Your Toddler at 22 Months, 23 Months, & 24 Months

Imaginative and Symbolic Play

Have you noticed your child lifting his play phone to his ear and engaging in a lively conversation—very similar to what he may have witnessed while watching you? Or has your child picked up a cup and brought it to you to take an imaginary sip of tea or cocoa?

Your toddler is entering into the fantasy world of imaginative or symbolic play, a type of play that supports many different realms in development, including cognitive growth, motor skills, language acquisition, and emotional development.

This type of play is based on imitating what toddlers have seen others do—whether at home, at childcare, or even when out running errands with Mom. His world is a palette of information from which he can pick and choose and act out those activities that seem interesting.

Parents’ Roles in Symbolic Play

Toddlers are developing the skills to play cooperatively with others. You are still, by far, his favorite playmate to share his new ideas. Try to resist the urge to jump in and reciprocate with your own ideas for play. Sit back and let him take the lead. Be supportive of his ideas by describing to him what he has done. “You picked up that broom and now you are sweeping. You are such a big help for Mommy.” This type of validation is supportive of his developing sense of self—his learning that he is a person capable of coming up with ideas and doing them all by himself.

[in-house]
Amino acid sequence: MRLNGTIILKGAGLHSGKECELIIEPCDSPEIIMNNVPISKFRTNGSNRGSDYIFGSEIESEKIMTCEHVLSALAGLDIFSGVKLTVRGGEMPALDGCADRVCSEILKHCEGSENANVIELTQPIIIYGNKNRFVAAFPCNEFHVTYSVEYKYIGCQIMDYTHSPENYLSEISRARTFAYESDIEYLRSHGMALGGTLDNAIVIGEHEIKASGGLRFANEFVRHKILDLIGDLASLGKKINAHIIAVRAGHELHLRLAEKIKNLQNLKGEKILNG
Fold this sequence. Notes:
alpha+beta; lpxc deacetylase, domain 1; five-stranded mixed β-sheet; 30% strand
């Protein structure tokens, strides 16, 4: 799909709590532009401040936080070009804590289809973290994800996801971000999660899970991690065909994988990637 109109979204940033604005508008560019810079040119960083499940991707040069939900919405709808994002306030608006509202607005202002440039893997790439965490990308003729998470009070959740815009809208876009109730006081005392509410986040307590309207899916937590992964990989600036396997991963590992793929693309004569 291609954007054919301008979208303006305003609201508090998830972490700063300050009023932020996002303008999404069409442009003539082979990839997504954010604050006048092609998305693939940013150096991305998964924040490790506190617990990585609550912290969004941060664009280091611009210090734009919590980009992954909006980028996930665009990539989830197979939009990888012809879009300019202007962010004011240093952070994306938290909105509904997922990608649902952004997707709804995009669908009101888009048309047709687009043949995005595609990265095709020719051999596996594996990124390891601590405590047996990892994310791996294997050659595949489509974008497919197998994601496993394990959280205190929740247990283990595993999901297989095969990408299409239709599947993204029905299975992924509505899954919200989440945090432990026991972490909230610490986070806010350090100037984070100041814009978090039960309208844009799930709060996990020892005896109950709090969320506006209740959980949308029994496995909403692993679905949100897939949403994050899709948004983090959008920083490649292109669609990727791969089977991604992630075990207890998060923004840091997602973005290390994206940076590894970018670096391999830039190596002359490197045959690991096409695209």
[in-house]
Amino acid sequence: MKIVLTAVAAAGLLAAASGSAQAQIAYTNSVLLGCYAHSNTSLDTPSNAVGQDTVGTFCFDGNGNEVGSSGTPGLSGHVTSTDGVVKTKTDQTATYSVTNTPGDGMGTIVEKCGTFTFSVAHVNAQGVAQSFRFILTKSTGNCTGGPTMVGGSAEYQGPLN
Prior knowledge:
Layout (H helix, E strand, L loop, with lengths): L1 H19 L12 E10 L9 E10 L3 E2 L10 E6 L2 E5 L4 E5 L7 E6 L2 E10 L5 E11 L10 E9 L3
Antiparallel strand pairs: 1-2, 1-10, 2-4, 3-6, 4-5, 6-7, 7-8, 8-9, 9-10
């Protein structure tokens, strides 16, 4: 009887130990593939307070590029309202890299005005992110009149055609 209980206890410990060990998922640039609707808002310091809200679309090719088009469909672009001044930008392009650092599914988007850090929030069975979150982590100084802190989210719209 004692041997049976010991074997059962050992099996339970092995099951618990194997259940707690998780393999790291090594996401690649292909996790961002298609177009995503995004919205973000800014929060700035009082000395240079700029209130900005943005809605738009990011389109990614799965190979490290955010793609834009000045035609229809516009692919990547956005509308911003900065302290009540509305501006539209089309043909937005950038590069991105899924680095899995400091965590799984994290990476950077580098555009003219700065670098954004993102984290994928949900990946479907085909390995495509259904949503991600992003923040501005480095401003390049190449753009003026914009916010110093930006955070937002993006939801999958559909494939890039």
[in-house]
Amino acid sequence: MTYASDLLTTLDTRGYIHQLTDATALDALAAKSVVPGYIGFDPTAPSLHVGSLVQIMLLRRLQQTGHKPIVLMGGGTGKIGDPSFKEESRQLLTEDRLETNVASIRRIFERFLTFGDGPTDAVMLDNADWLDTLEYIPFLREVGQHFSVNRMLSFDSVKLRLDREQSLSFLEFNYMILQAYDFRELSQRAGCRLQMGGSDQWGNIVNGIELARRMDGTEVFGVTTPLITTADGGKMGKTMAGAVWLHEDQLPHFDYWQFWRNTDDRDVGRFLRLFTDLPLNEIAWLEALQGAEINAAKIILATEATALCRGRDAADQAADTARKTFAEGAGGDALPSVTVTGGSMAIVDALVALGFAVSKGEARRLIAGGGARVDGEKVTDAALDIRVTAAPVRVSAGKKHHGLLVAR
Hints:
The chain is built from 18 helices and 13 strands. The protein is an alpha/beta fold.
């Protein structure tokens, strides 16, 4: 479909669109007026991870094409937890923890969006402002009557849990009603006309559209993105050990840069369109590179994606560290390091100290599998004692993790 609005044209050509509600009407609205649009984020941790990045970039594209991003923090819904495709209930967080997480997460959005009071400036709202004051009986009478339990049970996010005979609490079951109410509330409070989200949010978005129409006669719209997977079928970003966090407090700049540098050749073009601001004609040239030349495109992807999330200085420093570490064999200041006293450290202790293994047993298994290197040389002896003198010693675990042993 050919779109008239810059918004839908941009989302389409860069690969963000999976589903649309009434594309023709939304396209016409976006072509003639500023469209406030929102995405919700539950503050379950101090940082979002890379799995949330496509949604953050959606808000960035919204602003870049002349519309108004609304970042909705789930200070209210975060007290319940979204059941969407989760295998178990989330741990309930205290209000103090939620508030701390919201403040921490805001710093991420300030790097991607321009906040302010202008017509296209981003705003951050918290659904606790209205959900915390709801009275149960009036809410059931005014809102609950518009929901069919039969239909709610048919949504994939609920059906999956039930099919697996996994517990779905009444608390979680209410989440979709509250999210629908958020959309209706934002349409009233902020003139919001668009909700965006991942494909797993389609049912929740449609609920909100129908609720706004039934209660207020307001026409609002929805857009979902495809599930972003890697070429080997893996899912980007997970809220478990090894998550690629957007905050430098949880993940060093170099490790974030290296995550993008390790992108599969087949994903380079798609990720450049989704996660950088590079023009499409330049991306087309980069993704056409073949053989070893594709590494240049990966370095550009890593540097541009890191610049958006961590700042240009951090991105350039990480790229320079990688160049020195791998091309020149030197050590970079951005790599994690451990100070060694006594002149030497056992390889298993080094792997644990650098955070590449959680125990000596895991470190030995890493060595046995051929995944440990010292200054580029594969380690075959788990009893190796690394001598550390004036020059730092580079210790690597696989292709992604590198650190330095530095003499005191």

If he has the opportunity to play alongside a child who is slightly older, he’ll be fascinated by the older child’s manipulation of objects and ideas about play. This sort of scrutiny is very enriching for the younger child. By observing and learning, he can incorporate this knowledge or variations into his own toddler play.

Scribbling and Other Art Projects

One way to engage your toddler while you cook dinner is to provide an interesting activity for him, such as using big crayons on paper. Holding a crayon or marker and figuring out how to use it on paper is also a great way to hone fine motor skills. Some children scribble back and forth and up and down with wild, exaggerated arm motions; others have more control and keep their movements smaller. Either way, these pictures look perfect when displayed on the family fridge (or one of these clever display methods).

For real (but messy) fun, introduce your toddler to finger paints. Or let her paint with brushes on an easel or even pudding on a paper plate. Obviously, prepare your environment: There will be paint on the floor, on your child, and on you.

(Curious about where your budding artist might next take his talents? Check out these art milestones for kids.)